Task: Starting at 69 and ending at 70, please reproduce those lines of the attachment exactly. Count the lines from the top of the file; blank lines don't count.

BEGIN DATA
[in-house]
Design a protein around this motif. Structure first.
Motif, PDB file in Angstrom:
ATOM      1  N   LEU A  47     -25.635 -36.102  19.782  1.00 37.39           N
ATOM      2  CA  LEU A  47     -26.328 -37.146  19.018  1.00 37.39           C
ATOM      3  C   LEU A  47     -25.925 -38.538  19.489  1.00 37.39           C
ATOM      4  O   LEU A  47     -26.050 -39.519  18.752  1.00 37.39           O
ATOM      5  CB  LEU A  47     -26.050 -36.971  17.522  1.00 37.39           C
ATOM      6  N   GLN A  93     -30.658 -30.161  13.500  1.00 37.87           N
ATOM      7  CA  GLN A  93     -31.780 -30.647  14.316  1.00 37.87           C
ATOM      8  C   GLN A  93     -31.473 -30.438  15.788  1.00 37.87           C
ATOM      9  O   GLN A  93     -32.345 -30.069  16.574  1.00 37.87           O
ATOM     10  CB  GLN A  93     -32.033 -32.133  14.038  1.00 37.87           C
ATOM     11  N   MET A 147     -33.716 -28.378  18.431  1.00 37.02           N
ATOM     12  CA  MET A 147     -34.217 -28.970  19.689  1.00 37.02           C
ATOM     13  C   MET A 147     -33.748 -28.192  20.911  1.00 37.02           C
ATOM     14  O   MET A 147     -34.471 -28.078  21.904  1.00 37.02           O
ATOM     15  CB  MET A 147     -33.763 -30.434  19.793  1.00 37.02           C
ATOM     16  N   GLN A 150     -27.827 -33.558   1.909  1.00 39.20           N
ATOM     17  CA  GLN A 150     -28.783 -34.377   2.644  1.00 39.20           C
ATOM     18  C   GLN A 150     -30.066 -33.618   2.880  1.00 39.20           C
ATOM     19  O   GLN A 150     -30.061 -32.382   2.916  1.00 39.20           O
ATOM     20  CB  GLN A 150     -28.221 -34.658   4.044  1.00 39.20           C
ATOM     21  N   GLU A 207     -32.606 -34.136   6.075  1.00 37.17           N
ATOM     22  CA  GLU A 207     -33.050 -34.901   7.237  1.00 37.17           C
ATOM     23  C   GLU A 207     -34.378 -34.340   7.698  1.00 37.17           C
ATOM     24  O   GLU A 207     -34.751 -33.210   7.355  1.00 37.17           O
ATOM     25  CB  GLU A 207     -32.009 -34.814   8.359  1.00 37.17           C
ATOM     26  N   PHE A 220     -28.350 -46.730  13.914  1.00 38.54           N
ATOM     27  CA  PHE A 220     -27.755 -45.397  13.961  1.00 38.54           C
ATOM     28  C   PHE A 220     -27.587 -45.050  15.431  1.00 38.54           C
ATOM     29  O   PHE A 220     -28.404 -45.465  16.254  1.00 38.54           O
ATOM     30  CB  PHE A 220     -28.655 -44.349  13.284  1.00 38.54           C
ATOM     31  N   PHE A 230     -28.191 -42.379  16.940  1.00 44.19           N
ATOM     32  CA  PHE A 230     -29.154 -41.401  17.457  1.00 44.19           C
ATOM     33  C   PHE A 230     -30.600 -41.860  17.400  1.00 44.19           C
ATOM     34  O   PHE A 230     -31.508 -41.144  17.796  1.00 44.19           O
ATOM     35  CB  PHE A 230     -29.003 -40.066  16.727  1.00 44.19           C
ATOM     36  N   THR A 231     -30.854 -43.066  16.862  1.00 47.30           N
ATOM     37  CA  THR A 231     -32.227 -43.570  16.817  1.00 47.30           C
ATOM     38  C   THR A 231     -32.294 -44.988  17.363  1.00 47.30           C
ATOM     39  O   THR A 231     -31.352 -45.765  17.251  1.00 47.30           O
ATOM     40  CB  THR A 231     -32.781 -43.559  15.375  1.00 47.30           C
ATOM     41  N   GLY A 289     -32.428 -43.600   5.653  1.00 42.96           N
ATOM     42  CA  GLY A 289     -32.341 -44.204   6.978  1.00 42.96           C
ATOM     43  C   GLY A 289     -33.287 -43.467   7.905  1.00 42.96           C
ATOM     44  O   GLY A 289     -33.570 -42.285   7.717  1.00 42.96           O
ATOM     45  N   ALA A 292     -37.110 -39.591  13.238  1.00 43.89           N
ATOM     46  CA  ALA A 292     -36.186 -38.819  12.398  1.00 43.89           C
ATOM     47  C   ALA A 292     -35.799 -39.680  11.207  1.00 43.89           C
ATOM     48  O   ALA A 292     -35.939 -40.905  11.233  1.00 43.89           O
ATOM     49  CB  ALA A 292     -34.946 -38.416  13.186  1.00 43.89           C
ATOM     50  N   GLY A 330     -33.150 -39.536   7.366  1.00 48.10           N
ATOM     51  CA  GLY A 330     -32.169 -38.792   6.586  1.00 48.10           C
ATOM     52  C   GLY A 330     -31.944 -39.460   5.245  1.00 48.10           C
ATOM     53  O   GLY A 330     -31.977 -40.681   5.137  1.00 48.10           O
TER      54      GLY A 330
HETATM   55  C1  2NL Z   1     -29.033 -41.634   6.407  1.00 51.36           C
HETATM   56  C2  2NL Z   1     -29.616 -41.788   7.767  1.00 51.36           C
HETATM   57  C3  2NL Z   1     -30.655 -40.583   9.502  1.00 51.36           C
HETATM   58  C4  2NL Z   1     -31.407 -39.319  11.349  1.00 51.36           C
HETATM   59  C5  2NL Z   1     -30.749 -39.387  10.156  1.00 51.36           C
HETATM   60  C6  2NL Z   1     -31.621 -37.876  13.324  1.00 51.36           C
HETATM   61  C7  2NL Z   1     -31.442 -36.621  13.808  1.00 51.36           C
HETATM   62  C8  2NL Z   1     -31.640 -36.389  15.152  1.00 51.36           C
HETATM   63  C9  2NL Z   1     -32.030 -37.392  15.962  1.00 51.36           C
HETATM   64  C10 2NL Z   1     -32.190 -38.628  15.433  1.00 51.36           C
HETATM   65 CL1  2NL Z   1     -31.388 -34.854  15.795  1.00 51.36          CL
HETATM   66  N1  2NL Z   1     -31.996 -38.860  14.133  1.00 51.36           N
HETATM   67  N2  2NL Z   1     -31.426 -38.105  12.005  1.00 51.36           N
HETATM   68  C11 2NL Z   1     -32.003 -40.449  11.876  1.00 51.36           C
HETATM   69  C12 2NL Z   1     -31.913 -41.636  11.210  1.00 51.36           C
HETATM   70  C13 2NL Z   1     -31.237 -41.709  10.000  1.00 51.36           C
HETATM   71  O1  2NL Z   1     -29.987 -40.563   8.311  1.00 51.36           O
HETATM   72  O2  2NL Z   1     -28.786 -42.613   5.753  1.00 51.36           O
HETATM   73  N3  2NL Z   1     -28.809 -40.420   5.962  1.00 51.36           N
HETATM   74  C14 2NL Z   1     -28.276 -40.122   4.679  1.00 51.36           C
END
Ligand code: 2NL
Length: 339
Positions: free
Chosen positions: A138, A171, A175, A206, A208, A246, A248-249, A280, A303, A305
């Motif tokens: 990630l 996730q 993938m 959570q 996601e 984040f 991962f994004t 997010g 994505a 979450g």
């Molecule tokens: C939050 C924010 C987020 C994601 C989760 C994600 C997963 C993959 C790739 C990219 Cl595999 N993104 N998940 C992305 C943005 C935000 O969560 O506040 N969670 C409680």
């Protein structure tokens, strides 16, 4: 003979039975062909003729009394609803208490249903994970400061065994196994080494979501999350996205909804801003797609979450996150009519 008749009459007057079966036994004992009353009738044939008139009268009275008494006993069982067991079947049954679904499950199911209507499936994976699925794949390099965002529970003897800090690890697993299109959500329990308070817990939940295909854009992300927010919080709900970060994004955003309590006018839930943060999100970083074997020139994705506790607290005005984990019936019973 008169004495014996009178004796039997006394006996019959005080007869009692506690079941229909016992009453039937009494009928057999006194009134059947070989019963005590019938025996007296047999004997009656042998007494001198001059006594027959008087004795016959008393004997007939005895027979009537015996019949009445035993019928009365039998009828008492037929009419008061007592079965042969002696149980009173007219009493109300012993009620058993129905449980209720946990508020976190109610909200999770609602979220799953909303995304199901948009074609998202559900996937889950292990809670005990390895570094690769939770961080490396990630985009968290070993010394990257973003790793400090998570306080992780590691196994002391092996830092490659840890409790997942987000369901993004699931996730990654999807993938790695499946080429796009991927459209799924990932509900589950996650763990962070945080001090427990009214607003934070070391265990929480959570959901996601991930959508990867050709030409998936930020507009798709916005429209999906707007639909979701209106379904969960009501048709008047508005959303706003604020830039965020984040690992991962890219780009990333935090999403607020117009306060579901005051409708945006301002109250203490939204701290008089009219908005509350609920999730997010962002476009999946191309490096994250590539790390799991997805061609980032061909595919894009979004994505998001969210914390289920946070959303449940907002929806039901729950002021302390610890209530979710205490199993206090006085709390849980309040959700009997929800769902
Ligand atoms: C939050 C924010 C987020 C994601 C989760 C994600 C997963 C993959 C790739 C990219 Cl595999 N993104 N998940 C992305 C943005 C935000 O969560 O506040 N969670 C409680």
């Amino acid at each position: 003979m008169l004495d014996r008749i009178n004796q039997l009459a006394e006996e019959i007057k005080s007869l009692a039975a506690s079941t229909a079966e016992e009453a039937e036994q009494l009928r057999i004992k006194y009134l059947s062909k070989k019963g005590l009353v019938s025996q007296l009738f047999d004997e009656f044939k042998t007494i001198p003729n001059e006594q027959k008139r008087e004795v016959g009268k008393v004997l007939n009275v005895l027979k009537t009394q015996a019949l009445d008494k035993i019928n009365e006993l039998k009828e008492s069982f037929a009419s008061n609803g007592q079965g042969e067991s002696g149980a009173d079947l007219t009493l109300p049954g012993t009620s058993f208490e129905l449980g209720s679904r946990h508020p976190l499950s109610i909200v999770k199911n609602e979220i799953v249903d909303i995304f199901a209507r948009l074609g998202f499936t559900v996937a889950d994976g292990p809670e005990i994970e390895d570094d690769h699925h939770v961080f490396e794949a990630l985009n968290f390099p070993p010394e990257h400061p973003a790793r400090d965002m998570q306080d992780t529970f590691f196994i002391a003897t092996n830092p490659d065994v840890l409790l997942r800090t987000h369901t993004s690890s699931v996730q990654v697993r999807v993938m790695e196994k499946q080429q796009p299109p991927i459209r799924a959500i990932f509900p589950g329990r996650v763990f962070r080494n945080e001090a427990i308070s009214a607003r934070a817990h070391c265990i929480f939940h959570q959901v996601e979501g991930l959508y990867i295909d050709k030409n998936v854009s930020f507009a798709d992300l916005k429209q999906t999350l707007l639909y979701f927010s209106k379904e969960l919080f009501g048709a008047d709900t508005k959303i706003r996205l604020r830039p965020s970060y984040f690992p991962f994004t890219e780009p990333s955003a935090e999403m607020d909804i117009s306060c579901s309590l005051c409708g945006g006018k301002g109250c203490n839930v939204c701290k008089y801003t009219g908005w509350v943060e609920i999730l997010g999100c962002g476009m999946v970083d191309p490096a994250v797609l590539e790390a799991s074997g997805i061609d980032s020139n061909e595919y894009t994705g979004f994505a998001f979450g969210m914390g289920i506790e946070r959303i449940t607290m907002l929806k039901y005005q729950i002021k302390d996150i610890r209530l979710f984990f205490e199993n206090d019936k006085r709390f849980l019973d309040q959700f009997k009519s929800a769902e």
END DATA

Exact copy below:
HETATM   66  N1  2NL Z   1     -31.996 -38.860  14.133  1.00 51.36           N
HETATM   67  N2  2NL Z   1     -31.426 -38.105  12.005  1.00 51.36           N